Our research into the buying behavior of almost 100 small companies in the U.S. shows that discretionary budget allowances – the amount at which a mid-management line manager or similar can approve a purchase without needing a second signature – has now fallen from an average $10,400 in 2008 to just $6,290 in 2013.*
Considering the median size of these small businesses was those with 32 non-manual labor employees (so removing many small warehouse, distribution and construction organizations and skewing the results towards office-based operations), this is a pretty significant finding. In five years that’s a near 40% reduction in a line manager’s budget autonomy.
The upshot is that the role of ‘influencer ecosystems’ is filtering down the purchase funnel, now affecting significantly more, and smaller, purchases than previously the case. Even fewer purchase decisions are being made alone.
This presents greater challenges to salespeople of course, because even if they do reach the decision-maker in a small organization that individual will now not be making up their mind on their own. The salesperson will need greater help in ‘closing off’ the members of any ad-hoc decision-making committee. Vendors will need to have reached, and influenced, these key influencers well in advance of any purchase decision being made.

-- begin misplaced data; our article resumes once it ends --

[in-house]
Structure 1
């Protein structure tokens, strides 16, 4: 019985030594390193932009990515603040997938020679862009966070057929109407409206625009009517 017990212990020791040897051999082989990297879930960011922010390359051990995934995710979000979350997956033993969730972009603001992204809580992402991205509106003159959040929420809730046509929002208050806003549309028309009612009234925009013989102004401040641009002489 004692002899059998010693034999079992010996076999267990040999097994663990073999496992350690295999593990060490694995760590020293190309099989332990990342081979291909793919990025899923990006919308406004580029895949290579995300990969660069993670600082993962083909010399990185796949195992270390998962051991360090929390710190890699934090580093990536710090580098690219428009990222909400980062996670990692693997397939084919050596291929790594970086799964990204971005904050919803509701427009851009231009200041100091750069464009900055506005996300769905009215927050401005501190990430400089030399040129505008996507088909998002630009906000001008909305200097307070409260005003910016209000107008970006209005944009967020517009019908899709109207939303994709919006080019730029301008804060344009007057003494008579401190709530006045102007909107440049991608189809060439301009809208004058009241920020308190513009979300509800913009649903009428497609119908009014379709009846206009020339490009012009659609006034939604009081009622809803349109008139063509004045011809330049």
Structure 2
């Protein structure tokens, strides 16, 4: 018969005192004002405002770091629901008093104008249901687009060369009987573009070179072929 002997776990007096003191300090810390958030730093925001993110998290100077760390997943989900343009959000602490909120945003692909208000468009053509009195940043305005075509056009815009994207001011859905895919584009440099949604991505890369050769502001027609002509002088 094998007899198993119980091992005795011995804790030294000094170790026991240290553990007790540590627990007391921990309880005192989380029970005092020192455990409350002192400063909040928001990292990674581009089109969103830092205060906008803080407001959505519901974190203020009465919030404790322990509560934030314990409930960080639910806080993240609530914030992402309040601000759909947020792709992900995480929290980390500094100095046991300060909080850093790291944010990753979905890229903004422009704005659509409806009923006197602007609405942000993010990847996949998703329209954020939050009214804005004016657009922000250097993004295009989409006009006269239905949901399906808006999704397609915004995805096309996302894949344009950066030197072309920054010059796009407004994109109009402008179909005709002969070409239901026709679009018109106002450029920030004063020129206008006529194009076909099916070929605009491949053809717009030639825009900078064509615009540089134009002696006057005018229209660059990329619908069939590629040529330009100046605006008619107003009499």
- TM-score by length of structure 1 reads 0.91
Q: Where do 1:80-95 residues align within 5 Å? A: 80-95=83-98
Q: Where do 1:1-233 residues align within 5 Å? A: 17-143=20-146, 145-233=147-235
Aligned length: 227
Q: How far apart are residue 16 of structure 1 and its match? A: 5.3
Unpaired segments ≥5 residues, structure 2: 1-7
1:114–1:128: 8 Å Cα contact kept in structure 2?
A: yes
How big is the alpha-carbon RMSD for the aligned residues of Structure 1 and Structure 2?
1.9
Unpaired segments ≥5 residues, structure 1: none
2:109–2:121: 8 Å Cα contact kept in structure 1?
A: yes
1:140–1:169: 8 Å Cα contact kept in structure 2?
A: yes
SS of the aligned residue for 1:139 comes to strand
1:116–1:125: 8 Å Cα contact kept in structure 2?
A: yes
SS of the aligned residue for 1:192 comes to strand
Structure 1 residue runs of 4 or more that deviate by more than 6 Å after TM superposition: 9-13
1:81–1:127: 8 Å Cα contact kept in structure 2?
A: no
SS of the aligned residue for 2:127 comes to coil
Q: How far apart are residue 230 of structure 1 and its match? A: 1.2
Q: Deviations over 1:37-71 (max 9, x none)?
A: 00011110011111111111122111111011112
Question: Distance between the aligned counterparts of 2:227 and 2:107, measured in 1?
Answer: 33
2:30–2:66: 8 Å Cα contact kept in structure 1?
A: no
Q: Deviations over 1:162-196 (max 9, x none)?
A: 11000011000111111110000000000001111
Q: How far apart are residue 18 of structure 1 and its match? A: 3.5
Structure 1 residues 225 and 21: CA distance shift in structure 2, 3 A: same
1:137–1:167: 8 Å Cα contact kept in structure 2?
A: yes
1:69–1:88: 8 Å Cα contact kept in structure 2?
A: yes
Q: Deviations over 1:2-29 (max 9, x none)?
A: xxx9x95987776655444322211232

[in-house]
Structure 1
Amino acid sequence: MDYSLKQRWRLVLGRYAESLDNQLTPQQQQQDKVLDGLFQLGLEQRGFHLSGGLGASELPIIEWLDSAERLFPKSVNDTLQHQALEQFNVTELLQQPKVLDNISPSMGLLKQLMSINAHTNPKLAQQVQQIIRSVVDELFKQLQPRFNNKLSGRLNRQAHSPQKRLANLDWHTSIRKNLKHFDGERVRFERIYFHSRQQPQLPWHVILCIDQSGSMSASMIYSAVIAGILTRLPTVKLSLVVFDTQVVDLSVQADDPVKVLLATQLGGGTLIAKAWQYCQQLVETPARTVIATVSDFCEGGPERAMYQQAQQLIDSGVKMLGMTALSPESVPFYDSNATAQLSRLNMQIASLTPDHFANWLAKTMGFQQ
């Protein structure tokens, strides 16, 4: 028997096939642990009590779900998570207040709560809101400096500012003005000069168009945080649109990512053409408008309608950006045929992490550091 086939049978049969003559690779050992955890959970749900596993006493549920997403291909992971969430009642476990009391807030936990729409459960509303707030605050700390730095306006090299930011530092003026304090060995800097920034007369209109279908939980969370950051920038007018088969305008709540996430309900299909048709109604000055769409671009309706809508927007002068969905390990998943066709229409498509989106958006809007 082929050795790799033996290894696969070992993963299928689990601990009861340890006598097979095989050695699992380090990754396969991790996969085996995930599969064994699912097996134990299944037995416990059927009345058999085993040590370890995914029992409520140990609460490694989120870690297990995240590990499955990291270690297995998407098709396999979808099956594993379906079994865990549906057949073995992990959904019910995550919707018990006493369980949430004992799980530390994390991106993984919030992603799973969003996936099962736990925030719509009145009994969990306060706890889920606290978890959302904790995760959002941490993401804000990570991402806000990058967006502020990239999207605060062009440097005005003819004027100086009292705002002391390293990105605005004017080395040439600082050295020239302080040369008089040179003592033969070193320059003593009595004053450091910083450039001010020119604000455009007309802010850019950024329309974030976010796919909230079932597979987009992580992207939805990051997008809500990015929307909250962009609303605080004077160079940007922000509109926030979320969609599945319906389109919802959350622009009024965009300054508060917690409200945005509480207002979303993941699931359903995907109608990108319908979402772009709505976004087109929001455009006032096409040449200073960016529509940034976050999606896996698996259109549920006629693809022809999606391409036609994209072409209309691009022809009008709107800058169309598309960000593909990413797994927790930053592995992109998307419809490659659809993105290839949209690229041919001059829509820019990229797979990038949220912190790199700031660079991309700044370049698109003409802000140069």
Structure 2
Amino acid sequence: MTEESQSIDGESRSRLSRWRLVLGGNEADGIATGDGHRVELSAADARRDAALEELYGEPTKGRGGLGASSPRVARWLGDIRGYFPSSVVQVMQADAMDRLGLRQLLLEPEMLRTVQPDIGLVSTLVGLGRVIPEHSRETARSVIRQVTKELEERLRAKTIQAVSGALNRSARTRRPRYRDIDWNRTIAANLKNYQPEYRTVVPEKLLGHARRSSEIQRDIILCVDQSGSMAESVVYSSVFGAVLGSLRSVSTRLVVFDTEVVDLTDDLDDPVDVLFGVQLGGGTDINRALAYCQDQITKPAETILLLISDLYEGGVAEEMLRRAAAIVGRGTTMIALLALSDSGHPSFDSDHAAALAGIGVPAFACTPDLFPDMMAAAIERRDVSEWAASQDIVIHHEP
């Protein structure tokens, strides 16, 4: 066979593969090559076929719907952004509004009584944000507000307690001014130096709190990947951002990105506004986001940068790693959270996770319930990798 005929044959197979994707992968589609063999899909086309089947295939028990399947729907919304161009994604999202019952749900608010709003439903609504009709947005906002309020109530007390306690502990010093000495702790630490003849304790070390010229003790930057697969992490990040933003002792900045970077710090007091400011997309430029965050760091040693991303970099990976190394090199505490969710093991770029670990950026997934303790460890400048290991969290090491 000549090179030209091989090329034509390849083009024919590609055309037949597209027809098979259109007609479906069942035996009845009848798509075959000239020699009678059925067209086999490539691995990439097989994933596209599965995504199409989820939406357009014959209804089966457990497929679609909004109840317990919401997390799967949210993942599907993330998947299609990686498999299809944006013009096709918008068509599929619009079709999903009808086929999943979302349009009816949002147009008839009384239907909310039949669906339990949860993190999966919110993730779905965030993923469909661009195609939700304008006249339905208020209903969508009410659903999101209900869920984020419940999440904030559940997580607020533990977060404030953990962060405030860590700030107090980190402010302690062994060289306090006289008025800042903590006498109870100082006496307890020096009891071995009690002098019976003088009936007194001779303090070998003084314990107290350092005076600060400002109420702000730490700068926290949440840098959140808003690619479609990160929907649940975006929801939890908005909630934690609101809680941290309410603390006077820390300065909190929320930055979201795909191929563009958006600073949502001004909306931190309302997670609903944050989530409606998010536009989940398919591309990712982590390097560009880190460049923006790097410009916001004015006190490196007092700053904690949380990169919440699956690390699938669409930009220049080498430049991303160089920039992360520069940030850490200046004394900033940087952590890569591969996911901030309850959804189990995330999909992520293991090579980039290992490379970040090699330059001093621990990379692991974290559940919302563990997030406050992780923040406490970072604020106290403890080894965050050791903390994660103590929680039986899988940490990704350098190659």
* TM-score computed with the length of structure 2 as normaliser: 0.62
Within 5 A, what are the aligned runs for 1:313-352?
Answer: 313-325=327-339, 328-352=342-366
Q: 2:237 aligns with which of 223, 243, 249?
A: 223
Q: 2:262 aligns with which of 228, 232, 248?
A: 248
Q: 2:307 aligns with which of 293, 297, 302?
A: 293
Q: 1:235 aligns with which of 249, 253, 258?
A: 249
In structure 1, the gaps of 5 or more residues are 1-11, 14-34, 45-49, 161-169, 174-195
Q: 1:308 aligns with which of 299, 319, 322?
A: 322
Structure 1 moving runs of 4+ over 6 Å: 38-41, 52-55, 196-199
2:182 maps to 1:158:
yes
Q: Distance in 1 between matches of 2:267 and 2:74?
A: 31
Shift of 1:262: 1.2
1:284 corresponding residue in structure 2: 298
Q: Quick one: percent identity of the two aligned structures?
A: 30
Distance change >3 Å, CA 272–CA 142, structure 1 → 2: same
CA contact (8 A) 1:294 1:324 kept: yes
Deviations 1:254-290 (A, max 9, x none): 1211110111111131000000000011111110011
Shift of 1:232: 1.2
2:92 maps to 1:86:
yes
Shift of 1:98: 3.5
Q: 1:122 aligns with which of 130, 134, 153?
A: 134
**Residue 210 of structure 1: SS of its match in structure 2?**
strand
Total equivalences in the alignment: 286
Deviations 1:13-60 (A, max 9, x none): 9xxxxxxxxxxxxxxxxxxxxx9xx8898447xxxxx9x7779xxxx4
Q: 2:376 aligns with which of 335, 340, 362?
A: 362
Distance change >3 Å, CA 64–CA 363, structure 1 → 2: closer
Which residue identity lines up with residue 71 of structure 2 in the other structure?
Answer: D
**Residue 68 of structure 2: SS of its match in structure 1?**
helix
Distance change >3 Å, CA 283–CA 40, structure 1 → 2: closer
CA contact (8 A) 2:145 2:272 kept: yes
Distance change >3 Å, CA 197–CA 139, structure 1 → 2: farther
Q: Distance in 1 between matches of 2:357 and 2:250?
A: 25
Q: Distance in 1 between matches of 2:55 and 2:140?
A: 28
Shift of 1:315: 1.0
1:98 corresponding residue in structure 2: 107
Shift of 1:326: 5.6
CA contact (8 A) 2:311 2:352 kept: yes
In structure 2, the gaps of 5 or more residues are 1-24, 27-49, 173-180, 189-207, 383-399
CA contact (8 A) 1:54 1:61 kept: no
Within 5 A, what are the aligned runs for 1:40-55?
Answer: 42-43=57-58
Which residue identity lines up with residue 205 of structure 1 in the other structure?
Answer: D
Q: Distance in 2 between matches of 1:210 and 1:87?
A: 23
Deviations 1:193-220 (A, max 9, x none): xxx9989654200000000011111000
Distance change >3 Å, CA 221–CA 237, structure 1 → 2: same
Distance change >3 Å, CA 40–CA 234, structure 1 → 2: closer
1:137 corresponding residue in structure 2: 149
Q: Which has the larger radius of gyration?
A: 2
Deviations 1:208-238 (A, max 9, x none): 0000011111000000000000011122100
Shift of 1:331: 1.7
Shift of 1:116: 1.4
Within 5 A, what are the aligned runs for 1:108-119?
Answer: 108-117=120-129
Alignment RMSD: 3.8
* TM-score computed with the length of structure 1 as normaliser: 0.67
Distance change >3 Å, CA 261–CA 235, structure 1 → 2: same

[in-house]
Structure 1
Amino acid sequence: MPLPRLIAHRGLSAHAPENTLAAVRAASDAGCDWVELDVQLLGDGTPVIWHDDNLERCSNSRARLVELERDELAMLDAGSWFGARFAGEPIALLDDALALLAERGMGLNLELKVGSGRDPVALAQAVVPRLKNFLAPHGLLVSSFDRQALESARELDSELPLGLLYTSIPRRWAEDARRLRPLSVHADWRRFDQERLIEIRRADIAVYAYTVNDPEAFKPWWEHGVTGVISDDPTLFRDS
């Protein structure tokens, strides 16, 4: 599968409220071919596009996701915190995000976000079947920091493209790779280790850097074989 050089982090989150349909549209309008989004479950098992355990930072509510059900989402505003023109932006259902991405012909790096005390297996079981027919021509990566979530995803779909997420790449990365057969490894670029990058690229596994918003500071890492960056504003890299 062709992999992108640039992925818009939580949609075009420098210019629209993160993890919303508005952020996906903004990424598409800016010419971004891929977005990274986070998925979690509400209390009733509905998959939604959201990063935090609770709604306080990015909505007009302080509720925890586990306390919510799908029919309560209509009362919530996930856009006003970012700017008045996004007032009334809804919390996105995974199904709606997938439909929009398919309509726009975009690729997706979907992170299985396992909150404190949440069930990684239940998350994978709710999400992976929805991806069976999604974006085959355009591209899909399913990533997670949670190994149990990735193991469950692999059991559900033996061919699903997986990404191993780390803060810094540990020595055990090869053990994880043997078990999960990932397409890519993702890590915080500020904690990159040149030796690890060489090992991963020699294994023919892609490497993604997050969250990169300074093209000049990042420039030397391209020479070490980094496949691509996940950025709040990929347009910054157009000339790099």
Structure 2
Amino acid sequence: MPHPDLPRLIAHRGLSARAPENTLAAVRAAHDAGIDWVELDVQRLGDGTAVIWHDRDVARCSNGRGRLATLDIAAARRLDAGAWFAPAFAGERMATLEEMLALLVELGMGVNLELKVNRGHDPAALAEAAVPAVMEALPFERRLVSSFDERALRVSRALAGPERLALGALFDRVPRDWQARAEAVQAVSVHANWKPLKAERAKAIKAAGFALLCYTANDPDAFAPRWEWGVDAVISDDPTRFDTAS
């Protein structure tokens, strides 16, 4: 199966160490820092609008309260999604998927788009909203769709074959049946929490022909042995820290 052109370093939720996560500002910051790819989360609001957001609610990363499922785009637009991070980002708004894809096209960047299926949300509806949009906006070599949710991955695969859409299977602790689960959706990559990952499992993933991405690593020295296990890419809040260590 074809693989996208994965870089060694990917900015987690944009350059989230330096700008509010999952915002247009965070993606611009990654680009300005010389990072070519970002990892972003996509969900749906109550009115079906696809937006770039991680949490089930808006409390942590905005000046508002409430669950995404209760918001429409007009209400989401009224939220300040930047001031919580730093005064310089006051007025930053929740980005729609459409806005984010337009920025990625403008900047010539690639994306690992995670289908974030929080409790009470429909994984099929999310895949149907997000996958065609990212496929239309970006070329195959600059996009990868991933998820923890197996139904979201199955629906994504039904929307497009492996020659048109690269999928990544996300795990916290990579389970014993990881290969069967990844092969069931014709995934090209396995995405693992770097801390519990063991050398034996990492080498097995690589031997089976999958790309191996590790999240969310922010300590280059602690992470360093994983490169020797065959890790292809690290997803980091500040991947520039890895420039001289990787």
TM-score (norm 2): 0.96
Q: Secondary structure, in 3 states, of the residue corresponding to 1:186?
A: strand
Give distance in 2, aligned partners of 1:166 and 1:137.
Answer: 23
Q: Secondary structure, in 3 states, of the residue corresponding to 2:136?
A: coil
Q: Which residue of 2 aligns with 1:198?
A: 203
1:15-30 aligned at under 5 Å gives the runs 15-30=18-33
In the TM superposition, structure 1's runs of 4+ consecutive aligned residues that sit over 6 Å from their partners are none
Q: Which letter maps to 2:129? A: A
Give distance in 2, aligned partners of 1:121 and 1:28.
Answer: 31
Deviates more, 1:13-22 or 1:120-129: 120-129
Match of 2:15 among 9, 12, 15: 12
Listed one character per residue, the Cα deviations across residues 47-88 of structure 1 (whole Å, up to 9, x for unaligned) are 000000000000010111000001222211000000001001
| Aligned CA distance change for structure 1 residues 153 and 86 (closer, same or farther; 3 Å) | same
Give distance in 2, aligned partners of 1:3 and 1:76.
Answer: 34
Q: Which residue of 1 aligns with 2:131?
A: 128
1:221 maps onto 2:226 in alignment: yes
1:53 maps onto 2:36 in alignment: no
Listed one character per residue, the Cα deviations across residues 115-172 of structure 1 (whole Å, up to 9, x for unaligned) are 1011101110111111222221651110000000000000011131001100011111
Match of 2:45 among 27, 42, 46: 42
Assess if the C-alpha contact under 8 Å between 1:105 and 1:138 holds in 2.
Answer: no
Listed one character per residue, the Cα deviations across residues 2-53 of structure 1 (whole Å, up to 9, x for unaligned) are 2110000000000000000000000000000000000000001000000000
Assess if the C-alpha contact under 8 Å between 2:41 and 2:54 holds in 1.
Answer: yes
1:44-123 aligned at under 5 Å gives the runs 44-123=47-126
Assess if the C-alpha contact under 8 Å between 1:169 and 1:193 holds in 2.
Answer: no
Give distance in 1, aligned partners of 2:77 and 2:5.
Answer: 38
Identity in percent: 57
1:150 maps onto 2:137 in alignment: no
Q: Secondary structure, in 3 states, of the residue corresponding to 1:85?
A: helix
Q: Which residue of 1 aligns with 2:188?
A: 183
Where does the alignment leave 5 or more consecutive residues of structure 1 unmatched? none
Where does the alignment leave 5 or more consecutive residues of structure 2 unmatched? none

This inescapable trend in small business buyer behavior further elevates the center-stage role now being taken by ‘influencer marketing’.
* Influencer50’s research comprised responses from 97 U.S.-based small businesses (less than 250 employees, not including manual or part-time labor), across five industry sectors – retail, manufacturing, services, technology, transport. Research conducted between Jun-Oct’13.